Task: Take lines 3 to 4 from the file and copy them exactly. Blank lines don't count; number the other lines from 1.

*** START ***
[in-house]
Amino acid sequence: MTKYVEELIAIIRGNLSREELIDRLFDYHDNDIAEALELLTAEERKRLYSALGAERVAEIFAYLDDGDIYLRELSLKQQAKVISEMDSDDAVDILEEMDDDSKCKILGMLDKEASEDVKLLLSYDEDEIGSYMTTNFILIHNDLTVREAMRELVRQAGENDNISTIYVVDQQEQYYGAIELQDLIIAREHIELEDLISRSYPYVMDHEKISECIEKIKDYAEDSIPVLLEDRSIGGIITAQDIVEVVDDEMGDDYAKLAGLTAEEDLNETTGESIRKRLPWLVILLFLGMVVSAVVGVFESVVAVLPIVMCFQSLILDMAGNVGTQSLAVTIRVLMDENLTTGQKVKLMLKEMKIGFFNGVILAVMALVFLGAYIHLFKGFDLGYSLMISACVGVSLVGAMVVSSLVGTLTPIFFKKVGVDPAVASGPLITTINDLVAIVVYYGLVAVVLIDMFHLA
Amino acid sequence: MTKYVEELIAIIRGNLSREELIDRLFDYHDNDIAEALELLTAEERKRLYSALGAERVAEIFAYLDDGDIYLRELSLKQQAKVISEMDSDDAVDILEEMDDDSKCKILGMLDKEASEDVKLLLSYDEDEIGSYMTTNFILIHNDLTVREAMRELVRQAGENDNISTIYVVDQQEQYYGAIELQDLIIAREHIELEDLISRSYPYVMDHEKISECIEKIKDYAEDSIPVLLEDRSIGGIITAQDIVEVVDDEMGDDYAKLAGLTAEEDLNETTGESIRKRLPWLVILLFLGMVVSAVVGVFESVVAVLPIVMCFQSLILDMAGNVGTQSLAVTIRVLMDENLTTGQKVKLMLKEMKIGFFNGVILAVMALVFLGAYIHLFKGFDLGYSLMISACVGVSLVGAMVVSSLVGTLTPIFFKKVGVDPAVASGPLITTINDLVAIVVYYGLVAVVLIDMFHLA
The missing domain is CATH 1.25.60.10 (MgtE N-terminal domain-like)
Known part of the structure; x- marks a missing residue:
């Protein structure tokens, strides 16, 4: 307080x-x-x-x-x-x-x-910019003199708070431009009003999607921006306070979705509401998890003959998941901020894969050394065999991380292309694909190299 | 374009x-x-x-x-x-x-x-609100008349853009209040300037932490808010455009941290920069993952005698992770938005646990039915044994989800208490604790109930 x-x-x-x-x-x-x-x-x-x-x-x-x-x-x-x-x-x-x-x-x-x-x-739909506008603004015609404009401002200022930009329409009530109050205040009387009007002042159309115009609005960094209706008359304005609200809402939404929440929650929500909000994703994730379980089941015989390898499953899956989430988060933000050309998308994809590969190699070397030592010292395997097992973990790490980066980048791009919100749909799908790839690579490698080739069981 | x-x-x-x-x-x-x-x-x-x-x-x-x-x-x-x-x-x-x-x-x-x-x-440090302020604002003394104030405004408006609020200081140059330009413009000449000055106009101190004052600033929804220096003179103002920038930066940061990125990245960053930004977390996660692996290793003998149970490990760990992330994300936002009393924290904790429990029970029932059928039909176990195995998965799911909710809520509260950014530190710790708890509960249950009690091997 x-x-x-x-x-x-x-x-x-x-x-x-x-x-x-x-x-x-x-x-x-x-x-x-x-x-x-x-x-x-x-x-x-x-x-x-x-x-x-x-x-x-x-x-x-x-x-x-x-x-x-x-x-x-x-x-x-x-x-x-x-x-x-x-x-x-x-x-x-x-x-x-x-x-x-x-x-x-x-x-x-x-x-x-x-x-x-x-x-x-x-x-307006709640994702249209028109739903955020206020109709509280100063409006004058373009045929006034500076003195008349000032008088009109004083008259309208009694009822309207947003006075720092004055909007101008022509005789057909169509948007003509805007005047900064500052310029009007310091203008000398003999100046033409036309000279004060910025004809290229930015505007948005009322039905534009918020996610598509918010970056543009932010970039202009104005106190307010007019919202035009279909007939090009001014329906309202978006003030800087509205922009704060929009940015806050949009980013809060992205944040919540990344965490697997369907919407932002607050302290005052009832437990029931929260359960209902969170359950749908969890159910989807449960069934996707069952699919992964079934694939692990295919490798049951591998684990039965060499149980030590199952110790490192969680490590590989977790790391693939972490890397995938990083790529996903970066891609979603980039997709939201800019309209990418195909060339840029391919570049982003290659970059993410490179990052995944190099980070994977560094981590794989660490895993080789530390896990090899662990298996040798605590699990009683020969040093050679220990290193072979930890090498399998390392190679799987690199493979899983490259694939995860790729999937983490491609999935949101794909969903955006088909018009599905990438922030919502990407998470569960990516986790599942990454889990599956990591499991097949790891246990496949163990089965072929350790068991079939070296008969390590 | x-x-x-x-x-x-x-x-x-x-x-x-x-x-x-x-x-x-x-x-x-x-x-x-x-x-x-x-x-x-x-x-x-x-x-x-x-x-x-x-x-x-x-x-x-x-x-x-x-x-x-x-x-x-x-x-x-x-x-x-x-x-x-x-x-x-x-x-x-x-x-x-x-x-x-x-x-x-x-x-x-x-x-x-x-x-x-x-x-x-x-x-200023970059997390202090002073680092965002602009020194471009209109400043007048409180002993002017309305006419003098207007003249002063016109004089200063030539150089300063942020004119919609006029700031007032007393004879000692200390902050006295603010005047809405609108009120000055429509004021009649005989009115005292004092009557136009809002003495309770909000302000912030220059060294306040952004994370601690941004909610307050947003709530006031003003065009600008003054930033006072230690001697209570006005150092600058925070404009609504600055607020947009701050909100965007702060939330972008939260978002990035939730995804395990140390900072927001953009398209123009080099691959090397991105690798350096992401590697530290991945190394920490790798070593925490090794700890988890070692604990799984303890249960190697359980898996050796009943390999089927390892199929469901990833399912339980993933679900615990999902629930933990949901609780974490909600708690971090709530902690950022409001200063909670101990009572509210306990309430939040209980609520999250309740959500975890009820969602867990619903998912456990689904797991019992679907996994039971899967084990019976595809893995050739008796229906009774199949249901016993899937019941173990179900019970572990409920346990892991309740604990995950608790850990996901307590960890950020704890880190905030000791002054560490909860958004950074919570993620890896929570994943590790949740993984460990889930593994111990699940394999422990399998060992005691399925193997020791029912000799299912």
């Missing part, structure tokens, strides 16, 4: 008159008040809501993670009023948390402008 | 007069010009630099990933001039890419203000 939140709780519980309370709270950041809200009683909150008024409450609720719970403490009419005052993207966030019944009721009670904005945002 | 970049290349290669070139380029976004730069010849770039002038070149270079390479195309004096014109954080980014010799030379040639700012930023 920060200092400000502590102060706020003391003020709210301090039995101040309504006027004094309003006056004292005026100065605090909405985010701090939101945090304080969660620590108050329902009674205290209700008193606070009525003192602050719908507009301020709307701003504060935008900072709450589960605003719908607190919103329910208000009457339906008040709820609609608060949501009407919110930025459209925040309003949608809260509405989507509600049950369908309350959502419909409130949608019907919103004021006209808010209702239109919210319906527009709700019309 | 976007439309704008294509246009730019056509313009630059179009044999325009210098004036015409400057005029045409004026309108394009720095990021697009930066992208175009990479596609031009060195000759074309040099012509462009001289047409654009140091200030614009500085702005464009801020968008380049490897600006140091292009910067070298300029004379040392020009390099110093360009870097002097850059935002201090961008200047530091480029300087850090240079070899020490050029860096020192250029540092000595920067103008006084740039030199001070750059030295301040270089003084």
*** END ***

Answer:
Amino acid sequence: MTKYVEELIAIIRGNLSREELIDRLFDYHDNDIAEALELLTAEERKRLYSALGAERVAEIFAYLDDGDIYLRELSLKQQAKVISEMDSDDAVDILEEMDDDSKCKILGMLDKEASEDVKLLLSYDEDEIGSYMTTNFILIHNDLTVREAMRELVRQAGENDNISTIYVVDQQEQYYGAIELQDLIIAREHIELEDLISRSYPYVMDHEKISECIEKIKDYAEDSIPVLLEDRSIGGIITAQDIVEVVDDEMGDDYAKLAGLTAEEDLNETTGESIRKRLPWLVILLFLGMVVSAVVGVFESVVAVLPIVMCFQSLILDMAGNVGTQSLAVTIRVLMDENLTTGQKVKLMLKEMKIGFFNGVILAVMALVFLGAYIHLFKGFDLGYSLMISACVGVSLVGAMVVSSLVGTLTPIFFKKVGVDPAVASGPLITTINDLVAIVVYYGLVAVVLIDMFHLA
The missing domain is CATH 1.25.60.10 (MgtE N-terminal domain-like)